hawthorn Rosaceae Crataegus spp. L. Listen to the Latin symbol: CRATA Other Fact Sheets
Leaf: Highly variable, but generally alternate, simple, 2 to 4 inches long, serrate and lobed (may be unlobed), subtending long thorns, dark green above and paler below.
Flower: Perfect, usually small white flowers, with 5 petals produced in clusters near the end of the twig, appearing in mid to late spring.
Fruit: Small pomes, generally 1/4 inch in diameter, yellow to red when mature; maturing in the early fall.
Twig: Slender, gray in color, with true terminal buds that are usually dark, shiny red and round. Most species have obvious, stiff, 1 inch long thorns; leaf scars contain 3 bundle scars.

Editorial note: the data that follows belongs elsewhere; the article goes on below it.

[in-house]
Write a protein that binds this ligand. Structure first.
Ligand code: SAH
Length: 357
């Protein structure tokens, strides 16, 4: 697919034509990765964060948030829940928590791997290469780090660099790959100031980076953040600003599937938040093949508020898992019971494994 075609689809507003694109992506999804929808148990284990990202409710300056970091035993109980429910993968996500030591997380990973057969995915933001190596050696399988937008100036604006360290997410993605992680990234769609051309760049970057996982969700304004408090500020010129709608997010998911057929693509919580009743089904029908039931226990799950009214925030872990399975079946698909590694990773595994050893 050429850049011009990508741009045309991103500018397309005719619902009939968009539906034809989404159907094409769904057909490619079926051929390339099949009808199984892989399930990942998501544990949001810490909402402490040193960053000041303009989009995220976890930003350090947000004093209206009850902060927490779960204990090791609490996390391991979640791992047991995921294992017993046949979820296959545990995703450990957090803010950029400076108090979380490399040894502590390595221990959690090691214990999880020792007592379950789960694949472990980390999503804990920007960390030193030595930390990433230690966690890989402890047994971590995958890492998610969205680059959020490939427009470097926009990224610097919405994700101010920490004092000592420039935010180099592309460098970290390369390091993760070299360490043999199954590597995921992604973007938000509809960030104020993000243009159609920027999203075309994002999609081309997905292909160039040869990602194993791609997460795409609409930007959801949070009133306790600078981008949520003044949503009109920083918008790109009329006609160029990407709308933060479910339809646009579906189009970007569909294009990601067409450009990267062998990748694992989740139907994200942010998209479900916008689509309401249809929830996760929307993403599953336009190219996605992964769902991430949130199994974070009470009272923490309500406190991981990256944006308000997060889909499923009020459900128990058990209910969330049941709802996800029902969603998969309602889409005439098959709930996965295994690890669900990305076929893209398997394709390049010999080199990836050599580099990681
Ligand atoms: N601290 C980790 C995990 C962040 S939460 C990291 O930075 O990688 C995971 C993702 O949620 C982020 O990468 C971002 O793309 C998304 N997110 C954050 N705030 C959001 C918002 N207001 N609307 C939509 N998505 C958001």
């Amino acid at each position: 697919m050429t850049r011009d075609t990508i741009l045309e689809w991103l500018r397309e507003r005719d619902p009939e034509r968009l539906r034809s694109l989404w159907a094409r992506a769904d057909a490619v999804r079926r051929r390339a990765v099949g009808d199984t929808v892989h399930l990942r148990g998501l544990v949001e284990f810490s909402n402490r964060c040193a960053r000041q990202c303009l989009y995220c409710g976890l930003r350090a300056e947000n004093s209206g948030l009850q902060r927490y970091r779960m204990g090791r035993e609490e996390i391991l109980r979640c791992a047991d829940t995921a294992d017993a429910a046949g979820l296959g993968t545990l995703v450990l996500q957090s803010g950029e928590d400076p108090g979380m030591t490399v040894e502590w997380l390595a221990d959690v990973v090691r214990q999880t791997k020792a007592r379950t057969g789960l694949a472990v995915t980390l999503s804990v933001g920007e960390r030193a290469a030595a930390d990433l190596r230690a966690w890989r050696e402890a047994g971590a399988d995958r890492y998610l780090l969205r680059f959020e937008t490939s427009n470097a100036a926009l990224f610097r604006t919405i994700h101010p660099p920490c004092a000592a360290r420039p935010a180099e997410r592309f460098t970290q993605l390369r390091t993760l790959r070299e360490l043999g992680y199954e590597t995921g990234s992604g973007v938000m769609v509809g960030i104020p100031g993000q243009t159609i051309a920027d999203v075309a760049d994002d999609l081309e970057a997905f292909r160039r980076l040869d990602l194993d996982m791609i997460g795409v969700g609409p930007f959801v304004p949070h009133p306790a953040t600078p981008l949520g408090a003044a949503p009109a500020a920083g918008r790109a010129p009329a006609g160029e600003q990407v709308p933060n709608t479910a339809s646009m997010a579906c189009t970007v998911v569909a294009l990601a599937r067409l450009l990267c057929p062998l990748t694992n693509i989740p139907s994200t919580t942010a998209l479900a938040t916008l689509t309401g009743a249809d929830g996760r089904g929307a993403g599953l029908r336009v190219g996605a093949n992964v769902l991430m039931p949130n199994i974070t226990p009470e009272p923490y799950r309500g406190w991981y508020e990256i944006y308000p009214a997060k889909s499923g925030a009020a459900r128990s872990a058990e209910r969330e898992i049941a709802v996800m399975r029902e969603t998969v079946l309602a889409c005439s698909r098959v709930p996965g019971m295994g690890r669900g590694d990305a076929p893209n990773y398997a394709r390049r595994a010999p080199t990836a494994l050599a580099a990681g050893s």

Bark: Smooth and gray-brown when young, later turning darker and scaly.
Form: Generally very dense shrubs or small trees up to 25 feet.

Looks like: apple - Callery pear - Oregon crabapple - oceanspray
leaf flower fruit twig bark form map
Additional Range Information:
Crataegus spp. is native to North America. It is not widely planted. See states reporting hawthorn.
More: Fall Color
External Links:
USDAFS Additional Silvics
Landowner Factsheet
USDA Plants Database
Horticulture
© Copyright 2014, Virginia Tech
Dept. of Forest Resources
and Environmental Conservation,
all rights reserved.
Photos and text by: John Seiler,
Edward Jensen, Alex Niemiera,
and John Peterson
Virginia Tech Homepage CNRE FREC